Live Fast Jeff Young: Vol. 3 - July 1st, 2017

What's up Sorry Staters!?

Welcome to the third edition for my blog #LiveFastJeffYoung.  As promised, I'm going to try and get these put up every other Saturday from now on.  You may have noticed that Seth, rather than adding another entry for Outta Style, created a new blog entitled Strange Obsessions.  His first entry was all about punk compilation albums, and it's super cool!  If you haven't read it, then go check it out.  My own comment on Seth's blog: I love the PEACE/WAR comp as well, but my own honorable mention is the Master Tapes Vol. II comp.  Killer midwest bands on there, but I also gotta give some hometown love for No Labels!

I thought the whole concept for a "Strange Obsessions" blog was a great idea.  Still, rather than forming a plan of action for a well-thought-out blog post, I'll instead ask that you indulge me on some disorganized ramblings about some strange obsessions of my own:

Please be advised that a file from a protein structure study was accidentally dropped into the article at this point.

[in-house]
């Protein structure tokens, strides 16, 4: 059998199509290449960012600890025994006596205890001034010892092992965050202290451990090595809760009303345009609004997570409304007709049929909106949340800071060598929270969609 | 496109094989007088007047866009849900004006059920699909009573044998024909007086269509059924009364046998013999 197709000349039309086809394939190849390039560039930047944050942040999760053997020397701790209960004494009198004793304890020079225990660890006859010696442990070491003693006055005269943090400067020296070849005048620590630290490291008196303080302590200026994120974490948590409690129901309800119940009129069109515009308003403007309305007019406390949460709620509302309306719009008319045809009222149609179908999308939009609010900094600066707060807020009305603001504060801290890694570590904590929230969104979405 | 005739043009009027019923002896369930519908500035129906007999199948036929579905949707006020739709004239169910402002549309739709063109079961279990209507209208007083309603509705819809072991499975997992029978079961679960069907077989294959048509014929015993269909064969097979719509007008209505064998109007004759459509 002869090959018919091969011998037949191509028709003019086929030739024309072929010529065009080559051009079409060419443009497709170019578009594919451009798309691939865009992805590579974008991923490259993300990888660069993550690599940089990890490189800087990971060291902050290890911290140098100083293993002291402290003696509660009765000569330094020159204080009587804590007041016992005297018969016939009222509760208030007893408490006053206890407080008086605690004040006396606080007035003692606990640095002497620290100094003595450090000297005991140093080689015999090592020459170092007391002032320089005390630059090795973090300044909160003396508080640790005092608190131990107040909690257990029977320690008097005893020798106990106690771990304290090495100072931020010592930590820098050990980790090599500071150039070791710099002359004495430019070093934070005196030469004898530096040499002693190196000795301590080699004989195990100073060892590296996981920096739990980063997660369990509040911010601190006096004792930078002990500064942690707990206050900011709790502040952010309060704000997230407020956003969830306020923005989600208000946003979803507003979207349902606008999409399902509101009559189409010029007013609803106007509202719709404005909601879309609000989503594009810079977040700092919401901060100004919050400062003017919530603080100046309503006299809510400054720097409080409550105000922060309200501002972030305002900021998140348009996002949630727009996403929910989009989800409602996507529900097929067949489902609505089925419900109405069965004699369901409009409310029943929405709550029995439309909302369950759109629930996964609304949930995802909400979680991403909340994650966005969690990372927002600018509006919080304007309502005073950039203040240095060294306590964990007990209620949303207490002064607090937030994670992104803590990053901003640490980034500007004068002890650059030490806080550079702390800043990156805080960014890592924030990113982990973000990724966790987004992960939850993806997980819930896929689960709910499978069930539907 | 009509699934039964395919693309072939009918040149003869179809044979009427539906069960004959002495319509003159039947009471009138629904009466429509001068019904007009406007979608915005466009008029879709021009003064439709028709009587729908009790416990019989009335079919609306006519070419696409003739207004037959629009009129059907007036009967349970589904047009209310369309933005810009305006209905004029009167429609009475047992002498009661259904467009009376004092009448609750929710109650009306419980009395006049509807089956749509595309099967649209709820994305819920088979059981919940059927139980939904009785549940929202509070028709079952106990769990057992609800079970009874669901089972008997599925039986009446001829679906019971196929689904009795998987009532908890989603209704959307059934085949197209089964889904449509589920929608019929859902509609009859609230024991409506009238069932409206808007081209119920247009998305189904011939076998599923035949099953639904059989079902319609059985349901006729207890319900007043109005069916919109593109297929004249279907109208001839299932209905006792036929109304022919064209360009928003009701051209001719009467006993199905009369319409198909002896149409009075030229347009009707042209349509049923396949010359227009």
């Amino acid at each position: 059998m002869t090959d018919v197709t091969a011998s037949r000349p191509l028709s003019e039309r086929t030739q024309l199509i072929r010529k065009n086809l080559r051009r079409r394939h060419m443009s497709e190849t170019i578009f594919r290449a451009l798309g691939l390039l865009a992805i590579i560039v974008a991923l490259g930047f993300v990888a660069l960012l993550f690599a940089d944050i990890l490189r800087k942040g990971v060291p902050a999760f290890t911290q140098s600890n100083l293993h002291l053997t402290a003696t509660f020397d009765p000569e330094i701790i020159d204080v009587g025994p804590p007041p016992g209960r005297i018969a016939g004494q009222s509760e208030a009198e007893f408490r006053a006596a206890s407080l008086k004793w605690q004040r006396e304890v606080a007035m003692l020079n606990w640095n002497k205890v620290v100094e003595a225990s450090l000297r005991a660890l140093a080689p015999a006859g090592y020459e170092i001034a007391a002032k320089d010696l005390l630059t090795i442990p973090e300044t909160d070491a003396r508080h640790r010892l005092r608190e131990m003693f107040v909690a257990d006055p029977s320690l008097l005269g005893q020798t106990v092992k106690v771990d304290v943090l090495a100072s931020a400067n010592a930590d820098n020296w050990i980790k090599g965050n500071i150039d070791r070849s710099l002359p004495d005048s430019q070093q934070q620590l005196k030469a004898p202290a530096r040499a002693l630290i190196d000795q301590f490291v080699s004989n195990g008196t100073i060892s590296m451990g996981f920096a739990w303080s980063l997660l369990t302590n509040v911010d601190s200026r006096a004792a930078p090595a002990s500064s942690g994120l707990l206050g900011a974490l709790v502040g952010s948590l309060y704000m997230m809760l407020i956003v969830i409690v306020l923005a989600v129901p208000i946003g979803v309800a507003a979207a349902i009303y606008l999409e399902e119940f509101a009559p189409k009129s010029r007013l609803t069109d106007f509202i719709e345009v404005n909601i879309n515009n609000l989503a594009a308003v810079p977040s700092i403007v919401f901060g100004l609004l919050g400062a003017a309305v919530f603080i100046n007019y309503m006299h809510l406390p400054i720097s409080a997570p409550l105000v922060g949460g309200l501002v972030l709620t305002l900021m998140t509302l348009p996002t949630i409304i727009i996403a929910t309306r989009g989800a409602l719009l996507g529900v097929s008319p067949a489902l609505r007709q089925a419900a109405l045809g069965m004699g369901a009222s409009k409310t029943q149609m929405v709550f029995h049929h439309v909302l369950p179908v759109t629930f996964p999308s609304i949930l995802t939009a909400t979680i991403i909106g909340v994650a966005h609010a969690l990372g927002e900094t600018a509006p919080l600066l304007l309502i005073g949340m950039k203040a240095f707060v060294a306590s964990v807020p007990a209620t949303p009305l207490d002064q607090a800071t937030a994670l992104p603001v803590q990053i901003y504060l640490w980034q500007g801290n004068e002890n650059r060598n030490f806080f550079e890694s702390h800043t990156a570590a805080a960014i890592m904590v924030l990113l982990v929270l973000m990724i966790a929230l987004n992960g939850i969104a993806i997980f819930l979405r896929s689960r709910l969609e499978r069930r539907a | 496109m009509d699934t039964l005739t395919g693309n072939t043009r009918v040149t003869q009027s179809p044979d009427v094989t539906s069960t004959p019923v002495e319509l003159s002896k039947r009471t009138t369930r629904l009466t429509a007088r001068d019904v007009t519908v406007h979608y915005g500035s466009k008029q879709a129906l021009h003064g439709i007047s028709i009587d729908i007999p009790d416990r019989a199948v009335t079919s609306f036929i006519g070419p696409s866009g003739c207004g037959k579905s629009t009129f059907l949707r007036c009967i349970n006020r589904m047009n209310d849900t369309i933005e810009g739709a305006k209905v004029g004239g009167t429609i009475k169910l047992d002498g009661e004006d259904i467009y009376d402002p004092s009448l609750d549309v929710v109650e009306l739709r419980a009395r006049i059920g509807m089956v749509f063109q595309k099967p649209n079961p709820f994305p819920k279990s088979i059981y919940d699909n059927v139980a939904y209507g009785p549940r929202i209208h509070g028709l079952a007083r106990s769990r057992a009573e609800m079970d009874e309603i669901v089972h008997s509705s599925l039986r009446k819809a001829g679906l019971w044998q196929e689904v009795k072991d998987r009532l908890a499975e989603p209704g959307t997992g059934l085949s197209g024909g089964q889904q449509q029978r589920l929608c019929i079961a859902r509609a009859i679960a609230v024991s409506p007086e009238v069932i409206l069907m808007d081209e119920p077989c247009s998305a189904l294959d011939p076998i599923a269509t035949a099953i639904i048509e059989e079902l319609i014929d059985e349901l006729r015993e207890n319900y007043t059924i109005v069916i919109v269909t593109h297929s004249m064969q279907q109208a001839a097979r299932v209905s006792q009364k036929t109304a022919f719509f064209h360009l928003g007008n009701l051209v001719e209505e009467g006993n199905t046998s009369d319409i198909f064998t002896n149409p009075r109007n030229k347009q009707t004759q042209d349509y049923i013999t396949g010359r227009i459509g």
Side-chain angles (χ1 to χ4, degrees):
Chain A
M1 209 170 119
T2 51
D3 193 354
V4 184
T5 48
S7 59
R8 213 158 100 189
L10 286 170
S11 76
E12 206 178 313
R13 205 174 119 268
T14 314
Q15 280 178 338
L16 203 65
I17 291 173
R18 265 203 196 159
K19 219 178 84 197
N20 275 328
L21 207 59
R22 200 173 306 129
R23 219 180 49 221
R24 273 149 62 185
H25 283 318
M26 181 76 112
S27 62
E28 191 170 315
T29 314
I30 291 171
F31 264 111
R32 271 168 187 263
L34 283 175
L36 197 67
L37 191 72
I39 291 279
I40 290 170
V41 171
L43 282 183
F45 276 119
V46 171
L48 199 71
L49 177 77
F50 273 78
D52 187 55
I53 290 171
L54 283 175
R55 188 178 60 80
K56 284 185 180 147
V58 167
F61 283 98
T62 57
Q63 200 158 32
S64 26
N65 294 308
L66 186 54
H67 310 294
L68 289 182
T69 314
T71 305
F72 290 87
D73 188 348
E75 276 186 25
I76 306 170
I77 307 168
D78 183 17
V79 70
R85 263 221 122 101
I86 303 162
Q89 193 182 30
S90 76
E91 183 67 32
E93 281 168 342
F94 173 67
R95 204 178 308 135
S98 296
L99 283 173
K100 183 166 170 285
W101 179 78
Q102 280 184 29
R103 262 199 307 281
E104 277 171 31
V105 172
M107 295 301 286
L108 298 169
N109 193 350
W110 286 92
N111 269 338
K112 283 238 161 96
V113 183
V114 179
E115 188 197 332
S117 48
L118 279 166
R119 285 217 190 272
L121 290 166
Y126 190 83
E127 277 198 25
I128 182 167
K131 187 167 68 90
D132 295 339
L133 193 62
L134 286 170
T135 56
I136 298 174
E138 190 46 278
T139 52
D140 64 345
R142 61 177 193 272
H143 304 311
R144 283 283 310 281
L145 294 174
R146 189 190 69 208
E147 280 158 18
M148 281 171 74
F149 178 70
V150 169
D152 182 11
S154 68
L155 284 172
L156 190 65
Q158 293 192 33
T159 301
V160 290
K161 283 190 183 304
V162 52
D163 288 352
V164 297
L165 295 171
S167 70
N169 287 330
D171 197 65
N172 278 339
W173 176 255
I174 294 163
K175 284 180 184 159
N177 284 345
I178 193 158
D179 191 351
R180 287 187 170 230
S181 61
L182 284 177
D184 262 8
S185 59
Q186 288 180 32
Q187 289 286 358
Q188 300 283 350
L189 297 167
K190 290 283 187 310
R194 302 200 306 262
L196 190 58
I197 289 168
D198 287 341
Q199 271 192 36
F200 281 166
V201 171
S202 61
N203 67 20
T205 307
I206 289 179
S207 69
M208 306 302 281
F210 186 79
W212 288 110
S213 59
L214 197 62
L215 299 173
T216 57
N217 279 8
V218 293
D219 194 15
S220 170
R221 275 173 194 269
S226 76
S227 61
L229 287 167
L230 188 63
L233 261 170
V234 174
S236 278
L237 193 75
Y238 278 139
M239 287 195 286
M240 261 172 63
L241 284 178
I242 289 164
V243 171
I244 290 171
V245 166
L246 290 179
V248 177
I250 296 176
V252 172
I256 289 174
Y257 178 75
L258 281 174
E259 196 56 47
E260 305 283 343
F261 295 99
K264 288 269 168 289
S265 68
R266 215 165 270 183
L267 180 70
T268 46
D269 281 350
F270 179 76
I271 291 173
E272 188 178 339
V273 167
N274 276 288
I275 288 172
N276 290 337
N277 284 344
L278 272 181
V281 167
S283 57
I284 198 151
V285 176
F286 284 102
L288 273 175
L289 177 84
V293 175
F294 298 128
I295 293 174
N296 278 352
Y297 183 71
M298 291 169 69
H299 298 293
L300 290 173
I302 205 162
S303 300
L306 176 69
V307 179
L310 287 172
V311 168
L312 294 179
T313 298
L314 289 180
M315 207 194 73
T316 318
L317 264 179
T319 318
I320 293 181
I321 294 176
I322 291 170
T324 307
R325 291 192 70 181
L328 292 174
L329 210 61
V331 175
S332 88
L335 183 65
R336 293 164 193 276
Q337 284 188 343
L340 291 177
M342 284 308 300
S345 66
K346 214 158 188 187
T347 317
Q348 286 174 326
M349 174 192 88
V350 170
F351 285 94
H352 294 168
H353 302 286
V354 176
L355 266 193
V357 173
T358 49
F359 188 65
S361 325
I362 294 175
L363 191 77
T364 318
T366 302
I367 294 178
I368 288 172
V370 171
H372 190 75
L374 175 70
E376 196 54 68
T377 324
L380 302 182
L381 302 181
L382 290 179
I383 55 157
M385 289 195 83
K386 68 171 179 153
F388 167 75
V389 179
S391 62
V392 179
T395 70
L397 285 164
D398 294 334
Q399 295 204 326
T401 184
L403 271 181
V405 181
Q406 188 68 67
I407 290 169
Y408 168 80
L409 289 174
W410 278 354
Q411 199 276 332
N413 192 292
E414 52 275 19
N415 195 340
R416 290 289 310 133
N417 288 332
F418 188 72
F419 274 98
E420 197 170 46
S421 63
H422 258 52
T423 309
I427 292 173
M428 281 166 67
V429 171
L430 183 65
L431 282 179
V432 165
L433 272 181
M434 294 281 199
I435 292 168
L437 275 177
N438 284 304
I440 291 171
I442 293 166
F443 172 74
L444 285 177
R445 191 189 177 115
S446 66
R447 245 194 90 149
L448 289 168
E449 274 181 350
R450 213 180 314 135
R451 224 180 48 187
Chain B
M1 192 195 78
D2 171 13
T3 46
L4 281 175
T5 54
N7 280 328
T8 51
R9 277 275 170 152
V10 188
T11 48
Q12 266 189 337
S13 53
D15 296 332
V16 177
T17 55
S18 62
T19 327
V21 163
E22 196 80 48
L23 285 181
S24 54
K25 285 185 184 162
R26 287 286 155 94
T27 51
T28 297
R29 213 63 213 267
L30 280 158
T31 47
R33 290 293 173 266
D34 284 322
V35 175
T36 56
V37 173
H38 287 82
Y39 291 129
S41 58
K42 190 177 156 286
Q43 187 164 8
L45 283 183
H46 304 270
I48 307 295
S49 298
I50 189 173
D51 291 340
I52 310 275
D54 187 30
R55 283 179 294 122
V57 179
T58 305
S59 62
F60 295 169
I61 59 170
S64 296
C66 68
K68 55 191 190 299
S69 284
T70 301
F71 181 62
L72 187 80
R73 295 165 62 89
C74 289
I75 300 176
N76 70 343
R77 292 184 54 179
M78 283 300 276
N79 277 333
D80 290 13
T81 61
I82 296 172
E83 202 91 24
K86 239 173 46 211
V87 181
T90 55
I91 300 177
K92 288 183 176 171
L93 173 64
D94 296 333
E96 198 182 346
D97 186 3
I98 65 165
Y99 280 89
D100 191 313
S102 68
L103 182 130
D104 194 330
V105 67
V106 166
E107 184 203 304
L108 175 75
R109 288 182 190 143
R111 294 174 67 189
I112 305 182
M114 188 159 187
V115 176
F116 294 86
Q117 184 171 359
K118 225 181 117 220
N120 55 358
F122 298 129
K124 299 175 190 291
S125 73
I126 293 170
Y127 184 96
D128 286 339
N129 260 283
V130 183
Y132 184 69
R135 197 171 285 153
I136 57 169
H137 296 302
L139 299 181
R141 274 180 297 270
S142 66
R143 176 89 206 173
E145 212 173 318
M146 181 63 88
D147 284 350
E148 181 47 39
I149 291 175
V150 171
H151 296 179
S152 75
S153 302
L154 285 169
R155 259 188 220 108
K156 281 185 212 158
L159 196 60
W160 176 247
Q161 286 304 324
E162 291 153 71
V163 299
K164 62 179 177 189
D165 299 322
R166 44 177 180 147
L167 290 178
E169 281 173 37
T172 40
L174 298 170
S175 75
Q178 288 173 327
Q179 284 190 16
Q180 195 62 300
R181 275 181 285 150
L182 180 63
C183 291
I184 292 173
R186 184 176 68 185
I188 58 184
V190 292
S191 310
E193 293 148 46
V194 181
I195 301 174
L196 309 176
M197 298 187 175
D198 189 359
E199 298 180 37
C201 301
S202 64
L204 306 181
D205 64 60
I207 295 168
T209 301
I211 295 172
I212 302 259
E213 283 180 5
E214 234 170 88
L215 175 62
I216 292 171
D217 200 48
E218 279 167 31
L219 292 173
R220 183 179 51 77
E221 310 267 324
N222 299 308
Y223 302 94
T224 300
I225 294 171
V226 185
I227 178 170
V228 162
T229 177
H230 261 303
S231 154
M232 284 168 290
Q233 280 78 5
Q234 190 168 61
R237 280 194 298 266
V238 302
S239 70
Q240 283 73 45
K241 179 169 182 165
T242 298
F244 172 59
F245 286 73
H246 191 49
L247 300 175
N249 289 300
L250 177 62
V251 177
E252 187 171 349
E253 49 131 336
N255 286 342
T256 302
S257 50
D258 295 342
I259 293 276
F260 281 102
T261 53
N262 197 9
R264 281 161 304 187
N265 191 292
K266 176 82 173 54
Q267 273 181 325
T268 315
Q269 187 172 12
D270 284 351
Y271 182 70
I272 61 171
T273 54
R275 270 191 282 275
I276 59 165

If there's one thing about me and the way I listen to music, it's that I go through phases of obsessive listening to a particular era or genre.  I've discussed with Daniel about how we differ in our digestion of records.  Whereas he fears over-listening to something good and growing tired of it, if I gravitate toward a certain band that I think is particularly good, I will listen to them over and over and still love it!  Sometimes for me, I latch on to even a single track and commence over-consumption.  At the store, I've discussed with customers about tracks that stand out to me from classic records that I think are "hot tracks" and their reactions are often like, "Well duh, that's the hit off that album."  To which I respond, "I knew I liked it for a reason!"